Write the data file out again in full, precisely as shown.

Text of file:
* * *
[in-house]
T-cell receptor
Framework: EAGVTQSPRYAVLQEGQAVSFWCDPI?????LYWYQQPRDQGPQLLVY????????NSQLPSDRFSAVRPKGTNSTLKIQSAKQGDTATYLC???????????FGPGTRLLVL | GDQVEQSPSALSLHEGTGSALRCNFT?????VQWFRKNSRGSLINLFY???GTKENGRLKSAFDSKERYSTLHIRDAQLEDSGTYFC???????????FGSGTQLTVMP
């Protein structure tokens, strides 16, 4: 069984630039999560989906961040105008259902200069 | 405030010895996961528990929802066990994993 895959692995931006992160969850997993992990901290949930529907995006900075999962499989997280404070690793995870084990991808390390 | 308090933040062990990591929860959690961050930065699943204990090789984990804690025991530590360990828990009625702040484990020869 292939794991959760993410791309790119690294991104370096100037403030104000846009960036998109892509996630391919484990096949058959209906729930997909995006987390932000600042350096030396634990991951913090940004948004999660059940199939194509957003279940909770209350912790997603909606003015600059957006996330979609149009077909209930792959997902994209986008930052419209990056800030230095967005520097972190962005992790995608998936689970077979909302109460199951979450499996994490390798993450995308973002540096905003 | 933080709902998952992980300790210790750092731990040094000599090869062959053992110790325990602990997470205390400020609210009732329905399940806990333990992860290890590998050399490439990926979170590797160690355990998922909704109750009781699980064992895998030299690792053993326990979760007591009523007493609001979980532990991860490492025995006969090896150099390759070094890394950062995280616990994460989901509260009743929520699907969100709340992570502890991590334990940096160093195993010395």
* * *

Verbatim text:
[in-house]
T-cell receptor
Framework: EAGVTQSPRYAVLQEGQAVSFWCDPI?????LYWYQQPRDQGPQLLVY????????NSQLPSDRFSAVRPKGTNSTLKIQSAKQGDTATYLC???????????FGPGTRLLVL | GDQVEQSPSALSLHEGTGSALRCNFT?????VQWFRKNSRGSLINLFY???GTKENGRLKSAFDSKERYSTLHIRDAQLEDSGTYFC???????????FGSGTQLTVMP
């Protein structure tokens, strides 16, 4: 069984630039999560989906961040105008259902200069 | 405030010895996961528990929802066990994993 895959692995931006992160969850997993992990901290949930529907995006900075999962499989997280404070690793995870084990991808390390 | 308090933040062990990591929860959690961050930065699943204990090789984990804690025991530590360990828990009625702040484990020869 292939794991959760993410791309790119690294991104370096100037403030104000846009960036998109892509996630391919484990096949058959209906729930997909995006987390932000600042350096030396634990991951913090940004948004999660059940199939194509957003279940909770209350912790997603909606003015600059957006996330979609149009077909209930792959997902994209986008930052419209990056800030230095967005520097972190962005992790995608998936689970077979909302109460199951979450499996994490390798993450995308973002540096905003 | 933080709902998952992980300790210790750092731990040094000599090869062959053992110790325990602990997470205390400020609210009732329905399940806990333990992860290890590998050399490439990926979170590797160690355990998922909704109750009781699980064992895998030299690792053993326990979760007591009523007493609001979980532990991860490492025995006969090896150099390759070094890394950062995280616990994460989901509260009743929520699907969100709340992570502890991590334990940096160093195993010395």